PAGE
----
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Schizophr Res. 2015 Apr;163(1-3):47-52. doi: 10.1016/j.schres.2014.12.016. Epub 2014 Dec 29.

Robust differences in antisaccade performance exist between COGS schizophrenia cases and controls regardless of recruitment strategies.

Author information

1
Department of Psychiatry and Behavioral Sciences, University of Washington, Seattle, WA, USA; Department of Veteran affairs (DVA), VISN-20, Mental Health Services, Seattle, WA, USA.
2
DVA, VISN-20, Mental Illness Research, Education, and Clinical Center (MIRECC), Seattle, WA, USA.
3
Department of Psychiatry, University of California, San Diego, San Diego, CA, USA; DVA, VISN-22 MIRECC, San Diego Healthcare System, San Diego, CA, USA.
4
Department of Psychiatry, University of Pennsylvania, Philadelphia, PA, USA.
5
Department of Psychiatry and Behavioral Sciences, University of Washington, Seattle, WA, USA; DVA, VISN-20, Mental Illness Research, Education, and Clinical Center (MIRECC), Seattle, WA, USA.
6
Department of Psychiatry, University of Colorado Health Sciences Center, Aurora, CO, USA.
7
Department of Psychiatry and Biobehavioral Sciences, Geffen School of Medicine, University of California, Los Angeles, Los Angeles, CA, USA.
8
Department of Psychiatry, University of California, San Diego, San Diego, CA, USA.
9
Department of Biostatistics, Stanford University, Palo Alto, CA, USA.
10
Massachusetts Mental Health Center, Public Psychiatry Division of the Beth Israel Deaconess Medical Center, Harvard Medical School, Department of Psychiatry, Harvard Institute of Psychiatric Epidemiology and Genetics, Boston, MA, USA.
11
Department of Psychiatry, Mount Sinai School of Medicine, New York, NY, USA; DVA, VISN-3, MIRECC, James J. Peters VA Medical Center, Bronx, NY, USA.
12
Department of Psychiatry and Behavioral Sciences, University of Washington, Seattle, WA, USA; DVA, VISN-20, Geriatric Research, Education, and Clinical Center, Seattle, WA, USA.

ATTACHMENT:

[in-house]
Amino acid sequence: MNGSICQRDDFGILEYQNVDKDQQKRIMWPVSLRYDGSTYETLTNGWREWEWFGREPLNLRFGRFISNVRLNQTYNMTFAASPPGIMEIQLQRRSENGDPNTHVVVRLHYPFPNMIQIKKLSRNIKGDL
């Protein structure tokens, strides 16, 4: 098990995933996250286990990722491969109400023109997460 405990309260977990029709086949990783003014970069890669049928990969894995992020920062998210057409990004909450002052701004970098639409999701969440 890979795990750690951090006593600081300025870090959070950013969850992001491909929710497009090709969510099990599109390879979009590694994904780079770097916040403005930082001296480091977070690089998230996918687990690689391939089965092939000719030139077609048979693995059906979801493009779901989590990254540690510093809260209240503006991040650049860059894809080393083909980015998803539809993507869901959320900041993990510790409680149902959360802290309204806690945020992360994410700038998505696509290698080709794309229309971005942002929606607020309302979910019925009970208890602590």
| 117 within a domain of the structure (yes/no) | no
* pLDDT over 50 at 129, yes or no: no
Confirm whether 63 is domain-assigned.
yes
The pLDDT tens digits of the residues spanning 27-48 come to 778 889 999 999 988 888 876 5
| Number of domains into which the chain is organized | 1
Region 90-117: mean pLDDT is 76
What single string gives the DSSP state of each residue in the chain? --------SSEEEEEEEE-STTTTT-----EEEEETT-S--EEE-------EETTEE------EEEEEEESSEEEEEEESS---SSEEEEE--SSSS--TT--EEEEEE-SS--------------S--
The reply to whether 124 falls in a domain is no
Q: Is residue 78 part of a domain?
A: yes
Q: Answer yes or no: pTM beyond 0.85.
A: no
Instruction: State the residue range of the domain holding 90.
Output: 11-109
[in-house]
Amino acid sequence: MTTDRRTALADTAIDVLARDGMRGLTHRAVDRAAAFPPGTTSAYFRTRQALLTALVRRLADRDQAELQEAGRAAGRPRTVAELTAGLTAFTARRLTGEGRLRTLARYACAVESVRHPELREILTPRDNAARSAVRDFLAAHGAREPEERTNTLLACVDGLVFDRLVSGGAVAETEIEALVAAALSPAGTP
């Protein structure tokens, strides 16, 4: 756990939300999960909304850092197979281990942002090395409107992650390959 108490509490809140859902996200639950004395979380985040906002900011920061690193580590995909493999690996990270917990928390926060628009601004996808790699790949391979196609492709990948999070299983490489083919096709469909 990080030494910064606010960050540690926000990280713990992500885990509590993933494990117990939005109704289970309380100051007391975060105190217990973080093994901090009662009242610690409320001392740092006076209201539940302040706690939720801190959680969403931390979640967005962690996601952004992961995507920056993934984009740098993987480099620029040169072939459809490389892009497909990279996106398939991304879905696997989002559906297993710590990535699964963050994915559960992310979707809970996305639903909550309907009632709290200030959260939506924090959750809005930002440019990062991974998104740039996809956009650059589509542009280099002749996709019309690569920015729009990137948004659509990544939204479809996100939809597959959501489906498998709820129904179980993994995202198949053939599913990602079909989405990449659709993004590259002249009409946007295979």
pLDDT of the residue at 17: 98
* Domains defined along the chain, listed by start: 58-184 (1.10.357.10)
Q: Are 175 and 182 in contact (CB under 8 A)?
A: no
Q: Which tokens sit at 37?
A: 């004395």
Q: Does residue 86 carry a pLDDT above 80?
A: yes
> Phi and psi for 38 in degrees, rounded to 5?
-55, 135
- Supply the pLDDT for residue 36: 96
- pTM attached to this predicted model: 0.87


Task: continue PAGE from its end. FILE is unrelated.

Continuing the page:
Abstract

The impaired ability to make correct antisaccades (i.e., antisaccade performance) is well documented among schizophrenia subjects, and researchers have successfully demonstrated that antisaccade performance is a valid schizophrenia endophenotype that is useful for genetic studies. However, it is unclear how the ascertainment biases that unavoidably result from recruitment differences in schizophrenia subjects identified in family versus case-control studies may influence patient-control differences in antisaccade performance. To assess the impact of ascertainment bias, researchers from the Consortium on the Genetics of Schizophrenia (COGS) compared antisaccade performance and antisaccade metrics (latency and gain) in schizophrenia and control subjects from COGS-1, a family-based schizophrenia study, to schizophrenia and control subjects from COGS-2, a corresponding case-control study. COGS-2 schizophrenia subjects were substantially older; had lower education status, worse psychosocial function, and more severe symptoms; and were three times more likely to be a member of a multiplex family than COGS-1 schizophrenia subjects. Despite these variations, which were likely the result of ascertainment differences (as described in the introduction to this special issue), the effect sizes of the control-schizophrenia differences in antisaccade performance were similar in both studies (Cohen's d effect size of 1.06 and 1.01 in COGS-1 and COGS-2, respectively). This suggests that, in addition to the robust, state-independent schizophrenia-related deficits described in endophenotype studies, group differences in antisaccade performance do not vary based on subject ascertainment and recruitment factors.

KEYWORDS:

Antisaccade task; Recruitment

PMID:
25553977
PMCID:
PMC4382408
DOI:
10.1016/j.schres.2014.12.016
[Indexed for MEDLINE]
Free PMC Article

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